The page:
The yield on the U.S. 10-year Treasury jumped to its highest level since 2014 on Friday morning, underlining a wider move in bond markets caused by central banks moving away from financial crisis policies.
“We are not surprised by the movement because we believe that the Fed will raise rates by three or four times this year, more than what is currently priced by the market even after the recent sell-off,” David Tan, global head of rates at J.P. Morgan Asset Management, told CNBC via email.
The 10-year Treasury is considered to be a benchmark sovereign bond for the U.S economy, that helps price all sorts of loans and mortgages in the country. The yield, which moves inversely to the price, rose to 2.642 percent on Friday morning, according to Reuters data, after closing at 2.611 percent in the previous session. It has now hit a level not seen since September 2014, above peaks reached following the election of President Donald Trump.
Bond prices have been on a near 30-year run higher but have edged back in recent months with some experts predicting that the rally could now be over. Many point to a pickup inflation — which is traditionally bad for fixed income assets — and a central bank that is raising interest rates. Investors have closely monitored new data in recent weeks on the state of the U.S. economy, which is nearly at full employment.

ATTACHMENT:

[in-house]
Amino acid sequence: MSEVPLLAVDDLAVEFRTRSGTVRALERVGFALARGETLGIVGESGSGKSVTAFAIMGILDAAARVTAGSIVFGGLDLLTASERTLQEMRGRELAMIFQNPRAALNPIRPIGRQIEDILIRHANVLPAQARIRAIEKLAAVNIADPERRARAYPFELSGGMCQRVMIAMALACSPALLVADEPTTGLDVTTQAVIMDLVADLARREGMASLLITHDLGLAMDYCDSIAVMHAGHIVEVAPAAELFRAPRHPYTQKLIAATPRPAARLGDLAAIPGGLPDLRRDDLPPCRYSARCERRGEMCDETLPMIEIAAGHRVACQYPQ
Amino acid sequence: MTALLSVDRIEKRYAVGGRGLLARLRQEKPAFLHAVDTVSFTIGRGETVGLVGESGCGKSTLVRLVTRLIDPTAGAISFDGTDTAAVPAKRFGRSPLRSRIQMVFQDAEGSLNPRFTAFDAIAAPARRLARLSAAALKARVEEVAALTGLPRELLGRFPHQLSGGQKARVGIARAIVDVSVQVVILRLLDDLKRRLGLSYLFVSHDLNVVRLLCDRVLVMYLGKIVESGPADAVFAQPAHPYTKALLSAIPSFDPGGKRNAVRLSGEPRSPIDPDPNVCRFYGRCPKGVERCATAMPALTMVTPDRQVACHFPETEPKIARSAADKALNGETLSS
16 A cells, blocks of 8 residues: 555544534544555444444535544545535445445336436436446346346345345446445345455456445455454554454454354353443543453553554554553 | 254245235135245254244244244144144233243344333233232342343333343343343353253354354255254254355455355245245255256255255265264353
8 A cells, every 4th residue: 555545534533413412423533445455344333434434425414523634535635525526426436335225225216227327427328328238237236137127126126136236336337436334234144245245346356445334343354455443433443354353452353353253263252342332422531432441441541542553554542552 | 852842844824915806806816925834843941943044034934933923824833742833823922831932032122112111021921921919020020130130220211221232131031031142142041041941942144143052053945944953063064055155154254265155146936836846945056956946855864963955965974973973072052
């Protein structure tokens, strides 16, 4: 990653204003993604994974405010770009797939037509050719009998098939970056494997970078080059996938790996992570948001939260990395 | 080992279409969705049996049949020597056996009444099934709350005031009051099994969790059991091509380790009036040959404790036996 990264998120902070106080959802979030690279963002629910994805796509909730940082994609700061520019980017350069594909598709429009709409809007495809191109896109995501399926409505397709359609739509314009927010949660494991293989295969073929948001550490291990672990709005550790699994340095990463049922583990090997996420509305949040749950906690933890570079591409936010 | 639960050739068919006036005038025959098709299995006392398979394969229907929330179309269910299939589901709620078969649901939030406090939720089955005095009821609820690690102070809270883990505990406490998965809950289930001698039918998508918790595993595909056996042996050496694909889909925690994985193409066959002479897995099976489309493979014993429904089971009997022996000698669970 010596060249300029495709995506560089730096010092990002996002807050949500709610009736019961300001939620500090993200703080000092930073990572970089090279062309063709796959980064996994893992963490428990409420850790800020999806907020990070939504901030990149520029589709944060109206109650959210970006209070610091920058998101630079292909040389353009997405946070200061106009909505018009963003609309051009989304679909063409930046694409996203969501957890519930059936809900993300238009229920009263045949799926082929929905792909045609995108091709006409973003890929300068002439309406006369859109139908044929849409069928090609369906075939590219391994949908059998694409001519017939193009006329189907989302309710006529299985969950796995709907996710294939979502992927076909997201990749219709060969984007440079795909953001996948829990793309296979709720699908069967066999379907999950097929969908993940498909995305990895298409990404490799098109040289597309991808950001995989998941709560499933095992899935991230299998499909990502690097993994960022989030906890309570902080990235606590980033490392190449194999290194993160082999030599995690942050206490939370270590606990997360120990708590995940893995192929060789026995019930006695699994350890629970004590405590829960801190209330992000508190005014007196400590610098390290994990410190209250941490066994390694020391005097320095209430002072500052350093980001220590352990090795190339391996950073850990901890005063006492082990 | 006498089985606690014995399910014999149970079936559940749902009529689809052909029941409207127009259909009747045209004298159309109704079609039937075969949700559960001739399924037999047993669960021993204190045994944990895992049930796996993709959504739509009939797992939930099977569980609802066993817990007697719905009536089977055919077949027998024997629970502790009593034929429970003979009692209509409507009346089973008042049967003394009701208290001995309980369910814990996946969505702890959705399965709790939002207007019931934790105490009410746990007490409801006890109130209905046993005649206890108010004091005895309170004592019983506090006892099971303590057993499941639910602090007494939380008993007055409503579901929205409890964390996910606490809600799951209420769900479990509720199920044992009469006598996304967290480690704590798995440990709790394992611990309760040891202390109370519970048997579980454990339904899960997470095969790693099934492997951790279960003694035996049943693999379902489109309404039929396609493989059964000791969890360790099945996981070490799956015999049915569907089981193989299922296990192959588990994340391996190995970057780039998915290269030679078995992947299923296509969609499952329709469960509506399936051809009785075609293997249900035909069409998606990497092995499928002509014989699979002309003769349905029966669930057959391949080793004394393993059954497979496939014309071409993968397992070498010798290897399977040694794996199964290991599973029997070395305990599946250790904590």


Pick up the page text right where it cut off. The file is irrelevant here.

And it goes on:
Furthermore, some reports show that investors are also concerned over a potential shutdown of the U.S. government on Friday, if the Senate doesn’t approve a bill to keep it afloat.
“The economy is growing close to 3 percent even before the stimulus from tax reform, inflation has moved away from last year’s low levels, which was due to a number of one-off negative shocks, and we expect the upward cyclical pull on inflation from tight labor markets to increasingly outweigh structural downward pressure from factors such as technology,” Tan added.
On Thursday, yields rose after the Labor Department said that the number of people filing for unemployment benefits dropped to its lowest level in 45 years.
According to J.P. Morgan Asset Management, the 10-year Treasury yield will edge higher throughout 2018 towards, but not above 3 percent, as central banks relax their stimulus.
The bond yield that helps price all sorts of loans just jumped to its highest level since 2014